Lisbon is looking for and beginning to attract new blood. Europe’s forgotten “sleeping beauty” of the 20th century woke up after 1998’s World Fair, and local and foreign residents are injecting doses of cutting-edge creativity and real estate investment despite all the economic hardships. It’s on its way to becoming one of the places to be in Europe, to live and do business in (confirmed by the Financial Times/fDi Magazine which for the first time placed Lisbon on a list of “European Cities & Regions of the Future” 2012-13).
One of the main advantages of being in Lisbon is that it’s the closest European capital to the United States and to South America, particularly to booming Brazil. There are more flights from Lisbon to more cities in the former Portuguese colony than from any other city in the world. Lisbon also maintains privileged ties to its former African colonies, especially Angola. It’s also less than one hour away from Madrid with several flights every day, and about two and a half hours from Paris and London (it’s the only capital in mainland Europe sharing the same time zone with the British capital).
Being on the edge of Europe also means that the ports of Lisbon, Sines and Setúbal are gateways to the old continent and to a market of 250 million Portuguese speakers around the world.
With close to 300 days of sunshine throughout the year, no snow, and temperatures that never reach the freezing point, Lisbon is a truly blessed city. It’s great living in a place where you can have beach days in October or March, where you can sit comfortably outside at a café terrace in February, and where you don’t have to worry about the dangers of snow on the ground.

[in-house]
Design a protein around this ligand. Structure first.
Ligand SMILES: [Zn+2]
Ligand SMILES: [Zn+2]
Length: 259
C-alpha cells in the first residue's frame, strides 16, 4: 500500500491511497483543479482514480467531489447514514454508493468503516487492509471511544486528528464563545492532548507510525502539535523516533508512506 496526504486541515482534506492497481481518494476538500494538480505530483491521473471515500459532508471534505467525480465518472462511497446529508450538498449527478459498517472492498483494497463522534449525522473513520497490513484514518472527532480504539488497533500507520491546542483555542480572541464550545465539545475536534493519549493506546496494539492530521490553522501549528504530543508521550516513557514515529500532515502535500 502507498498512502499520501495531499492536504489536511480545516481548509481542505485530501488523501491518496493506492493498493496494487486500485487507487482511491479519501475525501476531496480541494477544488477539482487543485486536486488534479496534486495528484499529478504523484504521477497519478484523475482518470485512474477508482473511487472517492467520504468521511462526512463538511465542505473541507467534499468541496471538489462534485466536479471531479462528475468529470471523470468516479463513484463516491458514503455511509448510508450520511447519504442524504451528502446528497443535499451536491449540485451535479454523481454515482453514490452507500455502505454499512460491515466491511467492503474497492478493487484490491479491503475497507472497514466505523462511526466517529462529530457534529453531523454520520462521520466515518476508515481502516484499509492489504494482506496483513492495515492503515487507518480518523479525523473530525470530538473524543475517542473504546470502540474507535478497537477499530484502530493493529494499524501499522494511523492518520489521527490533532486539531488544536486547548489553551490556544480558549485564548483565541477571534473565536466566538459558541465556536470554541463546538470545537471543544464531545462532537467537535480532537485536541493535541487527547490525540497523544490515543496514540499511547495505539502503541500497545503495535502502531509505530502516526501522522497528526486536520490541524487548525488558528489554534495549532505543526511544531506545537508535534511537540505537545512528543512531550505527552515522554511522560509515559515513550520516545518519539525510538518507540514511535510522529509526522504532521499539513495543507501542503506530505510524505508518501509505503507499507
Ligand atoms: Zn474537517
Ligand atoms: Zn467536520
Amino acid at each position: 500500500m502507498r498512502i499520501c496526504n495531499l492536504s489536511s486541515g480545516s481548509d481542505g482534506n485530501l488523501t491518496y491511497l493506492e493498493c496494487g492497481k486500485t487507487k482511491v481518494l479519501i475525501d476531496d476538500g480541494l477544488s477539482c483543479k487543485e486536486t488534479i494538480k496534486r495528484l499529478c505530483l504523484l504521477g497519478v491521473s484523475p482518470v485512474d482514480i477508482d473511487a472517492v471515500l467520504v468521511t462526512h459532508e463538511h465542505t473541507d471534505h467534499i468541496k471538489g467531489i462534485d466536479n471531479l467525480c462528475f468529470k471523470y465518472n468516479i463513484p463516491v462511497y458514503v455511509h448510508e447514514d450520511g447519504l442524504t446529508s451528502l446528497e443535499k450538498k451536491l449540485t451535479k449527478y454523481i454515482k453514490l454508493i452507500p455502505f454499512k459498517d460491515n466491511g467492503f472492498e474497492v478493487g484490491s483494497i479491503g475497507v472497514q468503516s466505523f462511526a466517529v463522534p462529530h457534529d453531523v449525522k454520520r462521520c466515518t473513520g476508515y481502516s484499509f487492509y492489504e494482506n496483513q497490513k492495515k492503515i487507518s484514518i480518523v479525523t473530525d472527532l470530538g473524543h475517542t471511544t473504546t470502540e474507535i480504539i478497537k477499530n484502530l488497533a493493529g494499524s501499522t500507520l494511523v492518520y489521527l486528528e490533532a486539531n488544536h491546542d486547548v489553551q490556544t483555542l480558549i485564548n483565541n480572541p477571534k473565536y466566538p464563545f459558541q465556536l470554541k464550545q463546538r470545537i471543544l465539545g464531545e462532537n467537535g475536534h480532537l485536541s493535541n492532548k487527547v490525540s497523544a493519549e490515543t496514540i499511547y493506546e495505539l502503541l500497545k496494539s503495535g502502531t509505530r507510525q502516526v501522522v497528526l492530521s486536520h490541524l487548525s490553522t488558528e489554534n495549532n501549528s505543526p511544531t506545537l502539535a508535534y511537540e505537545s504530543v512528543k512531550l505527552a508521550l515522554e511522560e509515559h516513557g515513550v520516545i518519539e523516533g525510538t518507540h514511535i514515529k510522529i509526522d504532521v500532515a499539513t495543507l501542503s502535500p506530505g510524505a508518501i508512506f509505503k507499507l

Lisbon officially has the lowest homicide rate of any European capital and the lowest number of residents who have been victims of any crime in the previous five years, making it Europe’s safest capital. Naturally as a big city that doesn’t mean it’s crime-free, and you do hear reports of petty crime like pickpocketing and car break-ins are not that uncommon. But compare Lisbon’s safety issues with that of any major city in the world and you begin to get a sense of how much safer and lucky you really are in Lisbon.
Safety and agreeable weather are just two factors that contribute to a high quality of life in Lisbon. Freedom, human rights, a stable democracy, recreation facilities, booming real estate marketand leisure time also make the Portuguese capital one of the best places to live in Europe. Residents can be at the beach just minutes from downtown, or enjoy nature in several green spaces such as Monsanto, the largest urban forest in Europe. Golf, surfing (Europe’s first surfing reserve is 30 minutes away) and other outdoor activities are also more accessible here that in other European capitals.
The people of Lisbon live complaining about everything that is wrong with their city (and they do have many reasons to, just like anywhere else), but they do live a more relaxed life at a more human pace, reflected in their long dinners, coffee breaks, and stops to enjoy the views.
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